Endovascular Aneurysm Repair Offers Better Results than Open Surgical Repair in High-Risk Patients

 

September 30, 2008

September 30, 2008 - Endovascular aneurysm repair (EVAR) yields better results than open surgical repair (OSR) in high-risk patients with similar costs, according to a one-year trial study, which appears in the October issue of the Journal of Vascular Surgery, published by the Society for Vascular Surgery.

Data was collected from 342 patients who had an abdominal aortic aneurysm (AAA) of more than 5.5 cm and required elective AAA repair at London Health Sciences Center (LHSC), London, Ontario, Canada, where EVAR has been used since 1997. Of the 192 patients at a high risk of postoperative complications, 140 received EVAR and 52 had OSR.

In this one-year non-randomized prospective study, demographic, medical, healthcare resource utilization, cost and quality of life data were collected to determine incremental costs and effects associated with each of these procedures. Sensitivity analyses were conducted to extrapolate the one-year mortality results to a five-year time horizon under various assumptions regarding convergence of mortality rates and re-intervention rates (for EVAR patients only).

“Even with similar baseline characteristics, postoperative complications occurred more frequently in OSR patients at a high-risk of surgical complications,” said Dr. Guy De Rose, M.D., medical director of surgical care at LHSC and an associate professor of surgery from the division of vascular surgery at the University of Western Ontario in London, Ontario, Canada. “The 30-day mortality rates were 0.7 percent for EVAR and 9.6 percent for OSR and significantly fewer EVAR patients had postoperative complications such as pulmonary edema, pneumonia or sepsis. In addition, the EVAR patients spent less time in the hospital and were less likely to be admitted to the ICU.”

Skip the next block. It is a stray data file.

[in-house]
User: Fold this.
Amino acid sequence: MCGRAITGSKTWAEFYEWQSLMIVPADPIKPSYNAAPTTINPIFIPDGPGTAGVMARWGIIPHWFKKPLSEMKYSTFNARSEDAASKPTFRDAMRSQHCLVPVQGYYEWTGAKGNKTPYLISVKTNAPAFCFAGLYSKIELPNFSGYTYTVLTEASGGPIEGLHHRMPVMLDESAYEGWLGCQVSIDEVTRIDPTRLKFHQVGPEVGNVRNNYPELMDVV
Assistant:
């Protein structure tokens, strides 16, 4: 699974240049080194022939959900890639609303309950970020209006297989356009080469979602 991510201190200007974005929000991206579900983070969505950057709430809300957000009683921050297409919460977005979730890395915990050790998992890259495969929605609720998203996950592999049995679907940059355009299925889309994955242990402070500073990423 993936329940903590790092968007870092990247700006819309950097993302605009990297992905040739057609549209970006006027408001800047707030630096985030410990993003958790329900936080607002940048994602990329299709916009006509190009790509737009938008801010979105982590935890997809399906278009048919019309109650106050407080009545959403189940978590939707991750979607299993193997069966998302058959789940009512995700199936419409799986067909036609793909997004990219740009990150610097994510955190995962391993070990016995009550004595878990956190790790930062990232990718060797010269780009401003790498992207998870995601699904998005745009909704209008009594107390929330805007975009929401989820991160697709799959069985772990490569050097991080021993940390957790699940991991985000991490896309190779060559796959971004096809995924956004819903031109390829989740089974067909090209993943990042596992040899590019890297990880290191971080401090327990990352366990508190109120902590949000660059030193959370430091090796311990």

Dr. De Rose noted despite the cost of the endograft (approximately $10,000), the total average initial costs of hospitalization for high-risk EVAR and OSR patients were similar ($28,139 vs. $31,181 respectively). He added that total one-year medical and indirect costs also were similar at $34,146 vs. $34,170 respectively. At one-year, all cause mortality was statistically lower in EVAR patients (7.1 vs. 17.3 percent). Five-year extrapolations indicated that EVAR might be cost-effective compared to OSR in high-risk patients over the long-term.

“Our study found that EVAR was a cost-effective strategy compared to OSR in high-risk patients and had lower postoperative complications and lower mortality rates,” said Dr. De Rose. He added that the quality of life experienced by the participating patients was similar between the two groups during the year following surgery.

“We are continuing to collect data on these patients and the longer-term results will provide more information regarding the cost-effectiveness of EVAR compared to OSR in high risk patients,” explained Dr. De Rose.

The LHSC collaborated with the Programs for Assessment of Technology in Health (PATH) Research Institute, St Joseph's Healthcare Hamilton/McMaster University in Hamilton, Ontario, Canada on the current study. This study was conducted at the request of the Ontario Ministry of Health and Long-Term Care to provide evidence to the Ontario Health Technology Advisory Committee to support policy recommendations regarding the use of EVAR in Ontario.

For more information: www.jvascsurg.org, www.VascularWeb.org